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Circular Economy and Me – Issue 4

Circular Economy and Me – Issue 4

CCUS and the circular chemical economy by Mengfei Jiang.

Chemical industry’s reliance on fossil fuels and fossil feedstocks results in the emissions of carbon dioxide (CO2) during the manufacturing, usage and end-of-life phases. The conversion of CO2 emissions into high-value chemicals is an example of a transition from the linear to the circular economy, which is essential to halt the ostensibly harmful influence of CO2 while also reducing the consumption of fossil-based raw materials. Thus, utilising “waste” emissions within different industries, via novel carbon capture and utilisation (CCU) technologies, can contribute to building a circular chemical economy.

Carbon capture and storage (CCS) is one of several climate mitigating technologies that is absolutely necessary to meet the IPCC’s 1.5 ┬░Celsius target. However, like many other climate mitigation investment opportunities, the value generated by CCS is often insufficient to yield an appropriate risk-weighted return in the absence of government intervention through policy and legislation. In other words, there is no incentive for a developer to incur the costs of constructing and operating the CCS, even though it may be helpful from a larger societal standpoint in terms of cost-effectively meeting climate objectives. However, by adding the “U,” additional value is created, and thus commercial variable is conceivable. Most importantly, we may go beyond a linear economy and away from the “take, make, disposal” approach, by repurposing captured carbon to generate necessary items such as shampoo, washing liquid, and so on. The capacity to move to a circular economy is undoubtedly CCUS’ most valuable product.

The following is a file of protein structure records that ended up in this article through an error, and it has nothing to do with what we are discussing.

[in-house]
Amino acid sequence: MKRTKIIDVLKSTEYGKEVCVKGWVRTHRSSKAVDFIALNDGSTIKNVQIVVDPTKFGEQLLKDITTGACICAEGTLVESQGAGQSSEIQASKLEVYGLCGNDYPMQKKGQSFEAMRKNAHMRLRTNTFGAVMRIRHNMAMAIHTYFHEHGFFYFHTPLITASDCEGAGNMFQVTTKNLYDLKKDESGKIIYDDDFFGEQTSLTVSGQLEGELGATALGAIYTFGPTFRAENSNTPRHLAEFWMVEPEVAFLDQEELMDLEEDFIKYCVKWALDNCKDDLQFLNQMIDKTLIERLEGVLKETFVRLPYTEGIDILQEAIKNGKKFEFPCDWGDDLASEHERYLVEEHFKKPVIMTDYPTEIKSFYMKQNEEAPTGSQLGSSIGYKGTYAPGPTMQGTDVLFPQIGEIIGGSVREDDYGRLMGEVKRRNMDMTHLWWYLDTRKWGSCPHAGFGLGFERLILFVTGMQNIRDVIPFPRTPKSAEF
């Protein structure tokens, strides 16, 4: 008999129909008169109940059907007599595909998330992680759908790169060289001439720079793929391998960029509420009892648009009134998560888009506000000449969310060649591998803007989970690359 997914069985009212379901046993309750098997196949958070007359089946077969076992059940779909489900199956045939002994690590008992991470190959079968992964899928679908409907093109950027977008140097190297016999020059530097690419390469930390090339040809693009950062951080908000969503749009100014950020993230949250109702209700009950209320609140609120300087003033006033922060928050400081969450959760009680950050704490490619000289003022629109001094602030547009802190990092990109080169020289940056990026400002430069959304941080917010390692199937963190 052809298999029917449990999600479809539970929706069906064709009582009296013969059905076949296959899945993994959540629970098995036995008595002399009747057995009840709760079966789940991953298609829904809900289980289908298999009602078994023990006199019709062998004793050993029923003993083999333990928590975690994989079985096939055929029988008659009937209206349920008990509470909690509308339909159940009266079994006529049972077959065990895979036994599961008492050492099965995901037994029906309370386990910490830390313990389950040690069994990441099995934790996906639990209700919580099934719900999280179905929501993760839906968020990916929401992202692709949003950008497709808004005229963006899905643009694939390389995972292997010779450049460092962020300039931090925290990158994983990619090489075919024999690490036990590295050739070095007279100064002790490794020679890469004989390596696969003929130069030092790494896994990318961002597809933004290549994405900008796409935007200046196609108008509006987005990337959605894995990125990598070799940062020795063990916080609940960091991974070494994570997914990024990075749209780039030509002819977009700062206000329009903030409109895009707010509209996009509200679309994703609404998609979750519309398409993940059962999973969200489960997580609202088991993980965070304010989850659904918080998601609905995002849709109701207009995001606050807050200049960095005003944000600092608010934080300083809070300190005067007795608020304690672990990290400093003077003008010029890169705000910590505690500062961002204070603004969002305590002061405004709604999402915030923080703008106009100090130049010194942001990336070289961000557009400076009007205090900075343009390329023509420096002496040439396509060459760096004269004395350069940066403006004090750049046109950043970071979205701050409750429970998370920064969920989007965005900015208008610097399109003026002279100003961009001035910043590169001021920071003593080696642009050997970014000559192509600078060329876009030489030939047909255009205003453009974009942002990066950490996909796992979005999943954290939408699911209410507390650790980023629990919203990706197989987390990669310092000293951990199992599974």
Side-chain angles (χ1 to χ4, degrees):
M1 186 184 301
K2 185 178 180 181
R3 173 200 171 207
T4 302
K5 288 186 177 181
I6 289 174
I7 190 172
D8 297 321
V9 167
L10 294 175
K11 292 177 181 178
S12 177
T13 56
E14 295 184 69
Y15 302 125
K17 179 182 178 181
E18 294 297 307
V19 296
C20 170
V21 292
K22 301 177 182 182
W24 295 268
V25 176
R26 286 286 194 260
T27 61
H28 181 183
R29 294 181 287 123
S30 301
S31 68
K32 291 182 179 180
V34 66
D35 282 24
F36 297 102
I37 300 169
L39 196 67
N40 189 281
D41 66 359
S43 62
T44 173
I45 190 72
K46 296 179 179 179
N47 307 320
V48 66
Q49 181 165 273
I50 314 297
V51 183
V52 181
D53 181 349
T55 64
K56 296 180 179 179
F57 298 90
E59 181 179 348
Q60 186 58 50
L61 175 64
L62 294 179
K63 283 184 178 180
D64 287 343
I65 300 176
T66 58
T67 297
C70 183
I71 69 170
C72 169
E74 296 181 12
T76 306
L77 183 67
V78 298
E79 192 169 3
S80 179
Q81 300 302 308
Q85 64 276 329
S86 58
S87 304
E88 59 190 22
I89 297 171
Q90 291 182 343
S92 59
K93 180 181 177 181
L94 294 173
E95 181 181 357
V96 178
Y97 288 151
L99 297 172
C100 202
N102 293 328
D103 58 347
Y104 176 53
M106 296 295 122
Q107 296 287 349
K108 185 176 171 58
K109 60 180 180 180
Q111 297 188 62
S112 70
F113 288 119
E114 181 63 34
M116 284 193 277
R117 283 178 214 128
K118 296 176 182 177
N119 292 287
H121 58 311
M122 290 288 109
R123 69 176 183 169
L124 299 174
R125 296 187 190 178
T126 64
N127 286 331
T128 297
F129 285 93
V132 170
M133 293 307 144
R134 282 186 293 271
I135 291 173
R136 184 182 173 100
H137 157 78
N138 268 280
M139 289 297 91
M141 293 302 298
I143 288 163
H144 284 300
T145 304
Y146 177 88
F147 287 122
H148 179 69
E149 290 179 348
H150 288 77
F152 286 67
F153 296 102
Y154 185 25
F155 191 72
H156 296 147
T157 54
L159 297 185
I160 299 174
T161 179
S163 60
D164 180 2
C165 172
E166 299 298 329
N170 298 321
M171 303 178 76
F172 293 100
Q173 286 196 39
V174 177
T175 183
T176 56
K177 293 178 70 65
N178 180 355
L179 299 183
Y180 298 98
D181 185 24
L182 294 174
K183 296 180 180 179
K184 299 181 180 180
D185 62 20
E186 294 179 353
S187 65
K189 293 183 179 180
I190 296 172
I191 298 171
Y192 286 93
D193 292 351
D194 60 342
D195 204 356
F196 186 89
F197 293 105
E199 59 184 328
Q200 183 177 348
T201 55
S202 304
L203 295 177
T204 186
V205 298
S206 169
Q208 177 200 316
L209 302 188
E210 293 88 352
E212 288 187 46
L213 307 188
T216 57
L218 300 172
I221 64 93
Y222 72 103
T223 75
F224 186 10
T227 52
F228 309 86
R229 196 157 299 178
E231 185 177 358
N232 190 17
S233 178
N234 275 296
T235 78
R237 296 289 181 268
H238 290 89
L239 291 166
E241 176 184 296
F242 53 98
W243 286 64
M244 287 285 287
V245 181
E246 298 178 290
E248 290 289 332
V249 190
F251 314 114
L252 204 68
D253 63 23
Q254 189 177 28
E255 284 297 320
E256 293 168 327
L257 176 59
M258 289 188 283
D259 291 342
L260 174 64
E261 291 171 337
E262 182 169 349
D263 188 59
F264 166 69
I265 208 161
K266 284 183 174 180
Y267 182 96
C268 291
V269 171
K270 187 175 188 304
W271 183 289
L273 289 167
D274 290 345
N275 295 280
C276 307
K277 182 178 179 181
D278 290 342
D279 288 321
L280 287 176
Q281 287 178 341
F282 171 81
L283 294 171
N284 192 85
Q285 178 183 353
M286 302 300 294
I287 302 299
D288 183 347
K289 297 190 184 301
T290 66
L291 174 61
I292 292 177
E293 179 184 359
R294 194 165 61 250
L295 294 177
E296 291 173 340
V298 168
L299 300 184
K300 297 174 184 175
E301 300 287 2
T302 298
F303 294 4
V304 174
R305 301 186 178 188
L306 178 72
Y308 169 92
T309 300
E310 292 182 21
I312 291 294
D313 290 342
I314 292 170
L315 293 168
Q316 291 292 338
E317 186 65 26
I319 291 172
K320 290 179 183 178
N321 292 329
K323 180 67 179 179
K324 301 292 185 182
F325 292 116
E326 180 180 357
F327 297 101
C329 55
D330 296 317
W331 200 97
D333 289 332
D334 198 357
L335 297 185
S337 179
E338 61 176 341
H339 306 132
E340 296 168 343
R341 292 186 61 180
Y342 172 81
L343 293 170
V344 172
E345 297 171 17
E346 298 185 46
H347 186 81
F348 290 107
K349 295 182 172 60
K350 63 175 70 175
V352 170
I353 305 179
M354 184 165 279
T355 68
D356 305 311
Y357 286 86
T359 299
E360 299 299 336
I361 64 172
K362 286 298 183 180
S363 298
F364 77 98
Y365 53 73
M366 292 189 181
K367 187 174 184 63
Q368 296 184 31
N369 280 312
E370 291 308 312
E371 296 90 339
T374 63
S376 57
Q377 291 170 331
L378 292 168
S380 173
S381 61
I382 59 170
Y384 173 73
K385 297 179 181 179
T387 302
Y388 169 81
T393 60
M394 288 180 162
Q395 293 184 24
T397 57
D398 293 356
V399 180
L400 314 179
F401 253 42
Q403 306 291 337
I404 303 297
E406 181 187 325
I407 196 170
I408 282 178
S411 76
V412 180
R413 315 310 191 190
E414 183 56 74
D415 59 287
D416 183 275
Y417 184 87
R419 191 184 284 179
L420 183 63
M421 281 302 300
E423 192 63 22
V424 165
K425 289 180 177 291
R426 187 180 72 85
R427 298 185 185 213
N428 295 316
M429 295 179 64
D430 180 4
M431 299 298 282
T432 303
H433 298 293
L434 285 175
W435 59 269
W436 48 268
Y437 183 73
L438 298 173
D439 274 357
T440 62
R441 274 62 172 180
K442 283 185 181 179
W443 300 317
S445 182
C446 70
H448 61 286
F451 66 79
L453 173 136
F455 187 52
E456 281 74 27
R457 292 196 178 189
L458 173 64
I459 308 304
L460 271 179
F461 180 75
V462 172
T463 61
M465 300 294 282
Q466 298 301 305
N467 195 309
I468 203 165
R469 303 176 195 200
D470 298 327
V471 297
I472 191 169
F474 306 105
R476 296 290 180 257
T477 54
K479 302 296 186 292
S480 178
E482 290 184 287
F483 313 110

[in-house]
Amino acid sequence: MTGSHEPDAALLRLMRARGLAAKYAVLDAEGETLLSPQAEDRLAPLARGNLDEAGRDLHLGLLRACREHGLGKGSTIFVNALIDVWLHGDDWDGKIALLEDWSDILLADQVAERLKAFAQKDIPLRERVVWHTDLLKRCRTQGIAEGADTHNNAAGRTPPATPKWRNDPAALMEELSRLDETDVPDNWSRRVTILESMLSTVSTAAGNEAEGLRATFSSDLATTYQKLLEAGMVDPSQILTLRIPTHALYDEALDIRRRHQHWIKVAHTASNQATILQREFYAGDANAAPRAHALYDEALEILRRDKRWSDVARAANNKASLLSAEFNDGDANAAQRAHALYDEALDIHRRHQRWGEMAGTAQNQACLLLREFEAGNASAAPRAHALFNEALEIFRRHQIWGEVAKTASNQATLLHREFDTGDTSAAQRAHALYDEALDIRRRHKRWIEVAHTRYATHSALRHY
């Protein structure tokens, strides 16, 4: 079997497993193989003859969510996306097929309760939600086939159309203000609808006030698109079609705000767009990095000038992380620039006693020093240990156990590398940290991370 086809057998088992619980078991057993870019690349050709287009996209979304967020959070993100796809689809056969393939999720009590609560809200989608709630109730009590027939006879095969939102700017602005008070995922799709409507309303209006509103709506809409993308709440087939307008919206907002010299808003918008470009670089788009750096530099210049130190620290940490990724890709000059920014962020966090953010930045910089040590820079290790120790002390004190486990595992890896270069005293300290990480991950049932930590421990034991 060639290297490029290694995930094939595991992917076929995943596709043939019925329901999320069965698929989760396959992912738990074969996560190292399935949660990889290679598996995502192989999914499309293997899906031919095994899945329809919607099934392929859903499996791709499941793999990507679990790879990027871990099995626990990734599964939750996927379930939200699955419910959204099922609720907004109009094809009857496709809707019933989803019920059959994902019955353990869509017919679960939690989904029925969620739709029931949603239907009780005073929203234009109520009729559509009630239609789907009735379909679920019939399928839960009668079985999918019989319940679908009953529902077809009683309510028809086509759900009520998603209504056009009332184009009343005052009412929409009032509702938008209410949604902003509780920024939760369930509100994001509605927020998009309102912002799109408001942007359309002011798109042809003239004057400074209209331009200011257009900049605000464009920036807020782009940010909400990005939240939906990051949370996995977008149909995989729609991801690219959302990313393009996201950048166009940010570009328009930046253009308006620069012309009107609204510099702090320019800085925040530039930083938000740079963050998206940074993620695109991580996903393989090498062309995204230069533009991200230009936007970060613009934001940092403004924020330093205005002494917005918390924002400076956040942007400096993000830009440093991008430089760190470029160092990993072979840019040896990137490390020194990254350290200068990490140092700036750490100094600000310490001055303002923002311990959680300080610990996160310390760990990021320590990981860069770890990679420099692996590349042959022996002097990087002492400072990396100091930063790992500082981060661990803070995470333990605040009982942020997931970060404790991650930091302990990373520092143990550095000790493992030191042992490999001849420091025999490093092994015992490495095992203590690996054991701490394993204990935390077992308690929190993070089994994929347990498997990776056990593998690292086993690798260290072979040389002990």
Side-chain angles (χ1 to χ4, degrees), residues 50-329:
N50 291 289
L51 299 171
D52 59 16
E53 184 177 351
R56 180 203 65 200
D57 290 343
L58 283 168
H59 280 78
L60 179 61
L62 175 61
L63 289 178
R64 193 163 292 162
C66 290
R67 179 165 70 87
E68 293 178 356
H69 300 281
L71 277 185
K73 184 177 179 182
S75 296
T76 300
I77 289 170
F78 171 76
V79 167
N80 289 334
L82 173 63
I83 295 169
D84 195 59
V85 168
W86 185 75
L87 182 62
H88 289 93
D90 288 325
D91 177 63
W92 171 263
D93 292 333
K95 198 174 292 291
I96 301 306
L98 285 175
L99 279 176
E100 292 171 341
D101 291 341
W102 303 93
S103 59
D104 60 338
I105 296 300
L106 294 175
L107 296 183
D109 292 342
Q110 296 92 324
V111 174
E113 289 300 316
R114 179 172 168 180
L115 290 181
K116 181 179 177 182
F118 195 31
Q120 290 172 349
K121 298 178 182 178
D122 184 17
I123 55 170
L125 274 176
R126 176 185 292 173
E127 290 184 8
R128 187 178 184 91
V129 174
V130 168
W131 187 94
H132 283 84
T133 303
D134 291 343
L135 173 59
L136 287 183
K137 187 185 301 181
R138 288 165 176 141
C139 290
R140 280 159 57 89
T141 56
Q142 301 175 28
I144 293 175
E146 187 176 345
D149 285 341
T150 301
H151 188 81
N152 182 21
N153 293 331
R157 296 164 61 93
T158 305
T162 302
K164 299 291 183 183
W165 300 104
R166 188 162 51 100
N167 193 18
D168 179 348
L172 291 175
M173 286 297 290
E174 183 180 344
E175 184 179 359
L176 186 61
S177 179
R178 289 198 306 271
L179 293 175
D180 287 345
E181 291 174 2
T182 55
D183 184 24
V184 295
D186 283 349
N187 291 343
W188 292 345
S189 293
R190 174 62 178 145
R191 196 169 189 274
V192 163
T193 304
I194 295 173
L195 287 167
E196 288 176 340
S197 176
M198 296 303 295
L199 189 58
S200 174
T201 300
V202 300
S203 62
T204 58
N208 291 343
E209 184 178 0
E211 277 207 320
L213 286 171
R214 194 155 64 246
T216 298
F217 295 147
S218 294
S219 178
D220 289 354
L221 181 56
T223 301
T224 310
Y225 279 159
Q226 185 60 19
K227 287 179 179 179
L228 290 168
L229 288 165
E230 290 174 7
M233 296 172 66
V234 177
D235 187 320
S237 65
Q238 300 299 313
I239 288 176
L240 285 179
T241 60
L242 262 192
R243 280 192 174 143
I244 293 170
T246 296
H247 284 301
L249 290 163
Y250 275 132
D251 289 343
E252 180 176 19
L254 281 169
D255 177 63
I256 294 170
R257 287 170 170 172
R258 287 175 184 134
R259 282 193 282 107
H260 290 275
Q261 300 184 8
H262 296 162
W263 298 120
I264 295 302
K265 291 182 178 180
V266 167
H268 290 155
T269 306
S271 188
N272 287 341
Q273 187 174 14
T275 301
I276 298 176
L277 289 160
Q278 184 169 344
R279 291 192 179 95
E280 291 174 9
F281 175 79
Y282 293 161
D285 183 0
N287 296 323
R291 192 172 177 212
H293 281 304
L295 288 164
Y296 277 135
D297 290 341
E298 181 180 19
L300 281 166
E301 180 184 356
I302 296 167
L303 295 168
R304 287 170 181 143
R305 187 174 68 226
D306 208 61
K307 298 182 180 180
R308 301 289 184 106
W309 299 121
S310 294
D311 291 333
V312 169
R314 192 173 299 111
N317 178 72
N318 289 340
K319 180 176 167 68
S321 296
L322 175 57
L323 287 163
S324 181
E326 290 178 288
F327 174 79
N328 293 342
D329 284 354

Our Heriot-Watt University research team undertook a case study of laundry capsules manufactured from waste gas in a steel plant. The captured carbon monoxide was first turned to ethanol at the steel plant, then to surfactant by another chemicals business, and finally to detergent by a consumer goods manufacturer. Despite the success of the pilot program, the consumer goods manufacturer maintains that the product line is not commercially variable, and that scaling up will be difficult unless the extra costs are passed on to consumers.

As a result, one of the primary challenges to extensive carbon recycling is the difficulties in competing with low-cost virgin raw materials. However, several measurements could help to solve the issue. Firstly, governments might implement carbon taxes, encouraging all forms of CCUS and making the CCU products more competitive in the market if the tax was high enough. Secondly, direct carbon recycling and reuse subsidies and some other publicly backed financial instruments will also do.

Furthermore, the consumer goods manufacturer claims that they are ineligible for the credit since the usage of sustainable feedstock is not represented in their carbon footprint. Presumably, Scope 3 emission (See the Figure below) sources are most likely not included in the carbon footprint assessment. However, because Scope 3 emission sources may account for the majority of a company’s GHG emissions, they frequently provide chances for emissions reduction, as the organisation may be able to influence the actions that cause the emissions. Based on their policies, the company may also be able to influence its suppliers or pick which vendors to contract with.

Figure. Overview of GHG Protocol scopes and emissions across the value chain (Source: WRI/WBCSD Corporate Value Chain (Scope 3) Accounting and Reporting Standard)

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